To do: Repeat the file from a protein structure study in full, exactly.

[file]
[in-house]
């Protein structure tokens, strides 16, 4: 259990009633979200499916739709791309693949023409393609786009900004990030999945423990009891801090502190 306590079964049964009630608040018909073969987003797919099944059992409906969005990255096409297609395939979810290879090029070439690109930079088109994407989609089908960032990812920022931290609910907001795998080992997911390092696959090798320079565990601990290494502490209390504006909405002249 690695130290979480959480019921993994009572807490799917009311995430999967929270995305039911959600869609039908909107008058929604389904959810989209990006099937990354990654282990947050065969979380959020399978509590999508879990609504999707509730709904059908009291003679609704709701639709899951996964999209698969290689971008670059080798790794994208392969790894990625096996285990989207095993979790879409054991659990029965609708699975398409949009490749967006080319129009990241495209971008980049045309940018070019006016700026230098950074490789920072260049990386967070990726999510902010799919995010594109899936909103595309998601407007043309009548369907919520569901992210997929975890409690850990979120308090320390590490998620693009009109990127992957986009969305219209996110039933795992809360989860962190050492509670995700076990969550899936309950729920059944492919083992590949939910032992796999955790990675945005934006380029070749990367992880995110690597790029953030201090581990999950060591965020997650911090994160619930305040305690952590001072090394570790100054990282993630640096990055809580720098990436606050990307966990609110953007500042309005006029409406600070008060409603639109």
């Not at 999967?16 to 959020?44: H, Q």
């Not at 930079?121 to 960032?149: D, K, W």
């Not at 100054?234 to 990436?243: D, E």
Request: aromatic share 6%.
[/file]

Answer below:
[in-house]
């Protein structure tokens, strides 16, 4: 259990009633979200499916739709791309693949023409393609786009900004990030999945423990009891801090502190 306590079964049964009630608040018909073969987003797919099944059992409906969005990255096409297609395939979810290879090029070439690109930079088109994407989609089908960032990812920022931290609910907001795998080992997911390092696959090798320079565990601990290494502490209390504006909405002249 690695130290979480959480019921993994009572807490799917009311995430999967929270995305039911959600869609039908909107008058929604389904959810989209990006099937990354990654282990947050065969979380959020399978509590999508879990609504999707509730709904059908009291003679609704709701639709899951996964999209698969290689971008670059080798790794994208392969790894990625096996285990989207095993979790879409054991659990029965609708699975398409949009490749967006080319129009990241495209971008980049045309940018070019006016700026230098950074490789920072260049990386967070990726999510902010799919995010594109899936909103595309998601407007043309009548369907919520569901992210997929975890409690850990979120308090320390590490998620693009009109990127992957986009969305219209996110039933795992809360989860962190050492509670995700076990969550899936309950729920059944492919083992590949939910032992796999955790990675945005934006380029070749990367992880995110690597790029953030201090581990999950060591965020997650911090994160619930305040305690952590001072090394570790100054990282993630640096990055809580720098990436606050990307966990609110953007500042309005006029409406600070008060409603639109």
């Not at 999967?16 to 959020?44: H, Q």
């Not at 930079?121 to 960032?149: D, K, W």
């Not at 100054?234 to 990436?243: D, E």
Request: aromatic share 6%.